The Ecological Impact of a Nuclear Holocaust

A nuclear holocaust wouldn't just wipe out civilization, it would wipe out the ecological systems on which civilization depends.


| September/October 1981



071 nuclear holocaust - paul ehrlich

Anne and Paul Ehrlich warn most experts, political leaders, and commentators are vastly underestimating the effects and consequences of a nuclear holocaust.


PHOTO: MOTHER EARTH NEWS STAFF

One truly dangerous notion floating around in human society today is that an all-out nuclear war, although possibly "unthinkable," is nonetheless "winnable." Worse yet, if the attitude of the Soviet military is accurately interpreted by our country's Russia-watchers, that nation's generals and admirals consider such a war not only possible, but likely. No less a personage than U.S. Vice President George Bush stated, shortly before his election, his belief that a thermonuclear war could be won.

As the human population continues to expand, as our nonrenewable resources dwindle, and as nuclear weapons proliferate, the chances that World War III may be triggered increase dramatically. It's imperative, then, that the potential consequences of such a disaster be assessed very carefully and that people in all nations be thoroughly informed about them.

Incompetent Studies

The first detailed study of the subject was done by futurologist Herman Kahn and reported in his "classic" book, On Thermonuclear War. At the time, he was brutally (and, to our way of thinking, unfairly) criticized simply for writing on the subject by people who apparently thought that a nuclear holocaust would not occur if no one thought about it. Kahn's book itself, however, set a standard of incompetence that has to one degree or another characterized most subsequent studies.

Such reports generally have two weaknesses in common. First, they all rely on such jargon as "credible first-strike forces," "ideal blast waves," "prompt effects," "whole body doses," and "megadeaths." Only a discerning reader can see through the language to the picture of indescribable horror the words and phrases are actually painting.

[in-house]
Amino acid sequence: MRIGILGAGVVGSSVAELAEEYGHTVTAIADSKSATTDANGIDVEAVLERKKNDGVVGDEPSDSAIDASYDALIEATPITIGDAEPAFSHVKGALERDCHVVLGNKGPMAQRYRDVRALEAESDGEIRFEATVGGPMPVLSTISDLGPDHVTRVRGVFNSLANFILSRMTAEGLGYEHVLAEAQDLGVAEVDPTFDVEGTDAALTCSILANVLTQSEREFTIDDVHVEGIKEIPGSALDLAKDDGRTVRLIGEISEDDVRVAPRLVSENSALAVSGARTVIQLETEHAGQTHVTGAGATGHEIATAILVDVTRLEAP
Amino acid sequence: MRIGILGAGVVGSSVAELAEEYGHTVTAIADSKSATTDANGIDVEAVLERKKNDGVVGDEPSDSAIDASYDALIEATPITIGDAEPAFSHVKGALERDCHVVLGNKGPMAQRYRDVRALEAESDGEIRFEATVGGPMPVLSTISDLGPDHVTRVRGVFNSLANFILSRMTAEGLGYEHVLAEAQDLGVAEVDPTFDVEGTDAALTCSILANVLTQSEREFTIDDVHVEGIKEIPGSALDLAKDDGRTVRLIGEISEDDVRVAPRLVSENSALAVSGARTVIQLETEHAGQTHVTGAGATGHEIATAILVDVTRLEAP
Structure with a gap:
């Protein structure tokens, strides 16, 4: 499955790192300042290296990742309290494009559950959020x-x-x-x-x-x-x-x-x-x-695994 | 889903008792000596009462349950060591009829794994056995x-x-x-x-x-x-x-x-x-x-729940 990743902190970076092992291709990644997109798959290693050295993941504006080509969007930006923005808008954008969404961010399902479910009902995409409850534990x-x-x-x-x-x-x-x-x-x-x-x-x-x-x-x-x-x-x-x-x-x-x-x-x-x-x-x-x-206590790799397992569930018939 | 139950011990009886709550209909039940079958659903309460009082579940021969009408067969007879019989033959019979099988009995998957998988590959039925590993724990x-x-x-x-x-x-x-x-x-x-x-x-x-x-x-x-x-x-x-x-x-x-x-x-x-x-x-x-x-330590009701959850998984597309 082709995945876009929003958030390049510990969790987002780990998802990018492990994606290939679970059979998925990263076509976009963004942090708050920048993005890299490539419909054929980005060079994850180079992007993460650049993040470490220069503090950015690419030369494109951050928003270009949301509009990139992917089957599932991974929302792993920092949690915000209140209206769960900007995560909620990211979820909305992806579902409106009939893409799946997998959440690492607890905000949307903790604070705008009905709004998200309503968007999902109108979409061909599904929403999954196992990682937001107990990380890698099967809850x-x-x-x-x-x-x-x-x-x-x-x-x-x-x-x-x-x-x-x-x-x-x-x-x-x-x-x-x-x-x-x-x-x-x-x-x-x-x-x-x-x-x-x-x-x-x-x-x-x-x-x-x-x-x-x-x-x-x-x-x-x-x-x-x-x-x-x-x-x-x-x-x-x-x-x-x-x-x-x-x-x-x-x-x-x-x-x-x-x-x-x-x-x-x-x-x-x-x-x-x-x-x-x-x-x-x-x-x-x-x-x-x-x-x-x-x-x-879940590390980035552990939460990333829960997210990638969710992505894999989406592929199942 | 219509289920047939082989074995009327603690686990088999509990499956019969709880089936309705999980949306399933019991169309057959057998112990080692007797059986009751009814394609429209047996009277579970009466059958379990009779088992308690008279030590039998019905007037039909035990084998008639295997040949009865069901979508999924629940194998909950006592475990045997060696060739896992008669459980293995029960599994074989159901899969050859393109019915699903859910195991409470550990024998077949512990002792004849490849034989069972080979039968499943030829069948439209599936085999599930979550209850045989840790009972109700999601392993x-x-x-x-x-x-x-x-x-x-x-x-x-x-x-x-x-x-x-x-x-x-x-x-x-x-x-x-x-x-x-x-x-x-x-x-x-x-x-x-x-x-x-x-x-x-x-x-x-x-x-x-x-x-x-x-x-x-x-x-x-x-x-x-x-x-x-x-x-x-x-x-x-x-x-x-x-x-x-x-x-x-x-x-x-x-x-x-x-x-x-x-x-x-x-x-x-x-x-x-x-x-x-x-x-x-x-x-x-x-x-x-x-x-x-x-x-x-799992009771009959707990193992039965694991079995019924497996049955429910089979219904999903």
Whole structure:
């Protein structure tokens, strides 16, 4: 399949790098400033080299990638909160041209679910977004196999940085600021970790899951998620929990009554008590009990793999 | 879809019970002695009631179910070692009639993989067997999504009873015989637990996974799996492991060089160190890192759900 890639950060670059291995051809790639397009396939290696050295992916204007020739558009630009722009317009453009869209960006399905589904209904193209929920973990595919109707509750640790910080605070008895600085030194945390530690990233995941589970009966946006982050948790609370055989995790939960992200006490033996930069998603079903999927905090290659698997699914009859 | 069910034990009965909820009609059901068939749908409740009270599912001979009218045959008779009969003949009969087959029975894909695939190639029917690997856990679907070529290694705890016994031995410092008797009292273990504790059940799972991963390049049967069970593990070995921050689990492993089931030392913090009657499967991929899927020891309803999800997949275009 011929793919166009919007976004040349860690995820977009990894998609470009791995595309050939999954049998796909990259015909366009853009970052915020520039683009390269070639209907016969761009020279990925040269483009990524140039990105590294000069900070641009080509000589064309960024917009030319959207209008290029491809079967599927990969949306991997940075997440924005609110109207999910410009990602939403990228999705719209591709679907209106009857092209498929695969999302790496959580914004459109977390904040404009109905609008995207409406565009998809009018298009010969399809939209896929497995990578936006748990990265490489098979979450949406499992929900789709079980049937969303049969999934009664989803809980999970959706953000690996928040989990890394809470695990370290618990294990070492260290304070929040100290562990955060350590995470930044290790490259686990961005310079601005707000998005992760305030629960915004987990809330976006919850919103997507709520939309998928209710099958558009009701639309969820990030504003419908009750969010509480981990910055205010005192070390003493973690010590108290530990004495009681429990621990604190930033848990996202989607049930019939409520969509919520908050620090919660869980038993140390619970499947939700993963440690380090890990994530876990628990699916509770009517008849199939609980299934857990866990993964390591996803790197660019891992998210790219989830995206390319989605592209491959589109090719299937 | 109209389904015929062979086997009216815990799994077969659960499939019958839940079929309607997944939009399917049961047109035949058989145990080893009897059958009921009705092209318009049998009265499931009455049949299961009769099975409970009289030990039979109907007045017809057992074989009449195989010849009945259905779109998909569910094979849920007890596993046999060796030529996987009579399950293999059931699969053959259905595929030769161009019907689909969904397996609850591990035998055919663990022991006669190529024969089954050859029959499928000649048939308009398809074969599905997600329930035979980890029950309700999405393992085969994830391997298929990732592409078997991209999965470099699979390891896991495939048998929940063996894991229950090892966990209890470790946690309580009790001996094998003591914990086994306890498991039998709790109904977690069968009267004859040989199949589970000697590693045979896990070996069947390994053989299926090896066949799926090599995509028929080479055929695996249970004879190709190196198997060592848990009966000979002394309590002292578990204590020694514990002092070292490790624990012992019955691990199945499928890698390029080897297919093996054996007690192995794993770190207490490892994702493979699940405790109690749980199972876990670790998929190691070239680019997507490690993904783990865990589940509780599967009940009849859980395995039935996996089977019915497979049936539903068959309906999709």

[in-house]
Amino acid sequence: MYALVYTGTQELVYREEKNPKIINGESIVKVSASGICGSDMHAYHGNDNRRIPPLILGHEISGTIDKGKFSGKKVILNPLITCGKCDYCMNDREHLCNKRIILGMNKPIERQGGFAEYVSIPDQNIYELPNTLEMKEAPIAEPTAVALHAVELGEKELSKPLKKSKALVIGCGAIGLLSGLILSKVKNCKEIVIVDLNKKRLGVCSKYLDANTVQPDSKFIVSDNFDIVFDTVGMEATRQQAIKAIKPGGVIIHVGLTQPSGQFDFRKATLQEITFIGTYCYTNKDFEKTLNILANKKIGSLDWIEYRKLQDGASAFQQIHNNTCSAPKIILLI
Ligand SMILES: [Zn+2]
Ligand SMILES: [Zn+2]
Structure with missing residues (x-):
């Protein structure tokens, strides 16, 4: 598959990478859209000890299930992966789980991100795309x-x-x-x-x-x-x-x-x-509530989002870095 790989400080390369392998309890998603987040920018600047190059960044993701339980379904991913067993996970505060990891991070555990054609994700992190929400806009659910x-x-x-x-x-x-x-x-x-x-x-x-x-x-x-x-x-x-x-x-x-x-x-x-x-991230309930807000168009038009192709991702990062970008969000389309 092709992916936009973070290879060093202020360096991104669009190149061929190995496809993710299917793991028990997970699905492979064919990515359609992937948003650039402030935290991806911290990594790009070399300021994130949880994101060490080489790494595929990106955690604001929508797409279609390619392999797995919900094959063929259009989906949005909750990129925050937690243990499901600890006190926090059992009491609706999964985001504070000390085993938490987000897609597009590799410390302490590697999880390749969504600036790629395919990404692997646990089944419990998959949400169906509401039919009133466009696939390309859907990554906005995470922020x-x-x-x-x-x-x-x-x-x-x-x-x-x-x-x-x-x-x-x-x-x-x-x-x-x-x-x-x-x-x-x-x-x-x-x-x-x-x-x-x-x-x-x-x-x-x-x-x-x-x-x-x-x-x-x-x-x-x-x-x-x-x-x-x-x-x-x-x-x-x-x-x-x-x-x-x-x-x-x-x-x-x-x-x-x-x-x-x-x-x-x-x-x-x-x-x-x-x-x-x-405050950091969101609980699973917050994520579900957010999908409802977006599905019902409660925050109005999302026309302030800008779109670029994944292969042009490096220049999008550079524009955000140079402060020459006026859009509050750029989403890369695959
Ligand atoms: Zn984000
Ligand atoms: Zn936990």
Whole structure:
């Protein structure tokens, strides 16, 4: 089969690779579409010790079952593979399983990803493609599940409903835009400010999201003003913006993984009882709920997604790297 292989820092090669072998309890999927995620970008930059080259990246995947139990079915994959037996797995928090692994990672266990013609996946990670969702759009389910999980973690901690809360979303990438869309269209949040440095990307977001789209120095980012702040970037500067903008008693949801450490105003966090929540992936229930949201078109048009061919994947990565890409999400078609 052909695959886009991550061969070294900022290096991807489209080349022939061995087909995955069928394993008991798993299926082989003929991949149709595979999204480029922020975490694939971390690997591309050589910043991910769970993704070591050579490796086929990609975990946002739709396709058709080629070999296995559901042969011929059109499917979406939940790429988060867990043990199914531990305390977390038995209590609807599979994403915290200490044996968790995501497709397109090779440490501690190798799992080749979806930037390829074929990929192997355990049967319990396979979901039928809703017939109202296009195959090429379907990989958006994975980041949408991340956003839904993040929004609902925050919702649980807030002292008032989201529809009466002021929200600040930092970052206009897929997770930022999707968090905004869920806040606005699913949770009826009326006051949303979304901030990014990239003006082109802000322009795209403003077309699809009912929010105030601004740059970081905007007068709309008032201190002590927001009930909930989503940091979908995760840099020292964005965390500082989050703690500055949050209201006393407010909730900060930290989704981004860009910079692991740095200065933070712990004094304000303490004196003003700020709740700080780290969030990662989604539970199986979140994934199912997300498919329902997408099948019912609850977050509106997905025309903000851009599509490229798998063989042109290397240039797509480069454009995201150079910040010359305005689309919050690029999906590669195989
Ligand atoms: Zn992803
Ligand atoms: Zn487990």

For example, something on the order of half a billion human beings could be killed, worldwide, in a full-blown exchange of nuclear weapons between the Soviet and American blocs! According to one Department of Defense study, as many as 165 million U.S. citizens (about three-fourths of our nation's population) could die within the first 30 days after an attack. Many more would subsequently perish as a result of injuries, riots, exposure, starvation, and the lingering effects of radiation.

The prognosis for the destruction of the physical facilities that support human life, and for the disruption of society throughout North America, Europe, and Soviet Asia, is equally ghastly. Food and water supplies would be contaminated, fuel sources would be destroyed, supply systems would be severely disrupted if not altogether halted, and even able-bodied survivors would be hard put to care for themselves ...let alone aid the great numbers of injured and sick. These considerations alone clearly demonstrate that a nuclear war could possibly be considered "winnable" only if both sides exercised extreme restraint both in their choice of targets and in their response to attacks.  





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